Nina Darnton, author of An African Affair, lived in Africa for five years, two of them in Lagos. She has been a frequent contributor to The New York Times and NPR and a staff writer for Newsweek. We had the opportunity of reviewing her new novel An African Affair, a spy thriller set in Nigeria, and were amazed by her vivid description of corruption, fight for power and destruction of morale in Western Africa. What comes next is our take on the book.
A Brief Summary:
New York journalist Lindsay Cameron finds plenty to report, covering the regime of Nigeria’s President Michael Olumide. But in the aftermath of two probable assassinations, her inquiries attract unwanted government attention.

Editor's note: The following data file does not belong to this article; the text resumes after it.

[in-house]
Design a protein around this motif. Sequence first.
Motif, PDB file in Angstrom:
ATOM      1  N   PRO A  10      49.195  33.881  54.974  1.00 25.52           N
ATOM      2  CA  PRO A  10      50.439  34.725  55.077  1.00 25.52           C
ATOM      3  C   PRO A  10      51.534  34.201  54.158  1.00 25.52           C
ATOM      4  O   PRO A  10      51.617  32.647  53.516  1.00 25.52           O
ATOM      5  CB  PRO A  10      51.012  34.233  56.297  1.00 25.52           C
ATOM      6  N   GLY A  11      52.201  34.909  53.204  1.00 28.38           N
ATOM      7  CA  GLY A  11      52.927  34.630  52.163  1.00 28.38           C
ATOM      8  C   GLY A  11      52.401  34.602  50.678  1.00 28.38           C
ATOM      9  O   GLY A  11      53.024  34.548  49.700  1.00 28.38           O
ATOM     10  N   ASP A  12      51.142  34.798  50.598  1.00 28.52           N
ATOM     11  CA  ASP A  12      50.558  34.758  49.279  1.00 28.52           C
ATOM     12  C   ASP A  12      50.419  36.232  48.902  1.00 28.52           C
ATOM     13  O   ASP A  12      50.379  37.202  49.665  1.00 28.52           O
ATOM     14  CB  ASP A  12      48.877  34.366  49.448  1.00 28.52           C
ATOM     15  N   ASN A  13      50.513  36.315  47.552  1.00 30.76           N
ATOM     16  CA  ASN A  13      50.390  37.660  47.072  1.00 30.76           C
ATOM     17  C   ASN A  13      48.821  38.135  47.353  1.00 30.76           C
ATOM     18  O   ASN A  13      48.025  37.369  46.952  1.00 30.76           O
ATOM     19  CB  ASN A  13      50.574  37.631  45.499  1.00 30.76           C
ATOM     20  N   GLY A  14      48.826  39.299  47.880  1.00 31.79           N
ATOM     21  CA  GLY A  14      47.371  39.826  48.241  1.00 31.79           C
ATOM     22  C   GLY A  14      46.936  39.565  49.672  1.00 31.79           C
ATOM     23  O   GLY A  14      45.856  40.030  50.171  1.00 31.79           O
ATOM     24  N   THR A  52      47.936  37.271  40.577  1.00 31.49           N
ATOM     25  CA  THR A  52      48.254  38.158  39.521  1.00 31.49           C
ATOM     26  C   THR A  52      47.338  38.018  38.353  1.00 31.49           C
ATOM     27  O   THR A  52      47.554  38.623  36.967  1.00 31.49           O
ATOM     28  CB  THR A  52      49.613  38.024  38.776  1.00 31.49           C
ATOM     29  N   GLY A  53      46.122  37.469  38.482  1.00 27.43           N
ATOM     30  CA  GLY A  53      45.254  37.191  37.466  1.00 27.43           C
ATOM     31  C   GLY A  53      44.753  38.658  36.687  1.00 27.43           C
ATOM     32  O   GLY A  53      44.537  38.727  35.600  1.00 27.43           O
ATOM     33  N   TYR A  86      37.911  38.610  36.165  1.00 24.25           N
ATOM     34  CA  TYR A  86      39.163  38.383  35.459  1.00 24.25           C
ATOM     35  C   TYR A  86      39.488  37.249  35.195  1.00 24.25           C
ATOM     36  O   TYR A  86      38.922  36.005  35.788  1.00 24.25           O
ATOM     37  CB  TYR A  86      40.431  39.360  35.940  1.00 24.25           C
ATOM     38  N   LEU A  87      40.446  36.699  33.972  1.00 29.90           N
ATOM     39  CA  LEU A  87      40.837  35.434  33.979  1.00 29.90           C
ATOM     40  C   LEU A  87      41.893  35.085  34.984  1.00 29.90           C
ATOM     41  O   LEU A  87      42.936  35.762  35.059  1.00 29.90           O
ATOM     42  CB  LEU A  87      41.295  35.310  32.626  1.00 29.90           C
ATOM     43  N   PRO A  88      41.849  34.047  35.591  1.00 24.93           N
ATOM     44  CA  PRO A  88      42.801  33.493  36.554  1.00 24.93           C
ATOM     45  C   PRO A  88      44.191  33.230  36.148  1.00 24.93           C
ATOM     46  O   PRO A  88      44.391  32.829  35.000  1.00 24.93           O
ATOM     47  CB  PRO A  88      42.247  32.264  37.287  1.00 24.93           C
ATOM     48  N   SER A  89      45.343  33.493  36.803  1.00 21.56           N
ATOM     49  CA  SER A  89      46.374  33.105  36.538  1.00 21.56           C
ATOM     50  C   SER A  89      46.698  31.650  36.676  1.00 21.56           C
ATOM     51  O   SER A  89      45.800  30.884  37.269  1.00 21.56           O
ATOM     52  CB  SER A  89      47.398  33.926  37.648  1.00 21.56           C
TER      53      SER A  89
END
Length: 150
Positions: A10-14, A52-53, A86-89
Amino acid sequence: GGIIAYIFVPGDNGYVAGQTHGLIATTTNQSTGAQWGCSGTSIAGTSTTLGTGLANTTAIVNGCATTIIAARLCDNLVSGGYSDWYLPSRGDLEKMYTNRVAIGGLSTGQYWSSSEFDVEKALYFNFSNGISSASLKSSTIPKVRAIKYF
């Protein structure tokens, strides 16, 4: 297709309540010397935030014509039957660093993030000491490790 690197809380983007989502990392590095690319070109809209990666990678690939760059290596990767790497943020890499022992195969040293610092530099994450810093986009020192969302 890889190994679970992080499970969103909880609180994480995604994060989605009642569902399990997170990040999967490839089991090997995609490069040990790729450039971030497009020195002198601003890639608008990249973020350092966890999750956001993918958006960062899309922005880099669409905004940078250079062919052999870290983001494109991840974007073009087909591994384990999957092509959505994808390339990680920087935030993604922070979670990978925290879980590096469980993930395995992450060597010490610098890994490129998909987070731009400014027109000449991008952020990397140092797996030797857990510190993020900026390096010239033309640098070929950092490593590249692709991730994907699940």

As rebel factions call for free elections, Lindsay races to penetrate the intricate network of corrupt government officials, oil interests, and CIA agents who really run the Nigerian show. Meanwhile, her entanglement with a rare art dealer leads her still deeper into terrain that’s confounding in every respect – from matters of the heart to those of politics and trade.
This is probably one of the finest spy thrillers we have read in years…A truly vivid portrayal of what happens in some African countries.
The story is very well-written, filled with realistic details about life and politics in West Africa. The author’s first-hand experience of living in Nigeria has definitely come handy in writing the book as the plot is centered around the adventures of a young reporter working for a New York based newspaper called Globe. The sensitivity that the author demonstrates in describing her scenes is something that we have rarely seen in American authors.
At around 250 pages in length, the book is a relatively quick read and can be finished in one sitting. Overall, an entertaining, fast-paced thriller with a leg in reality.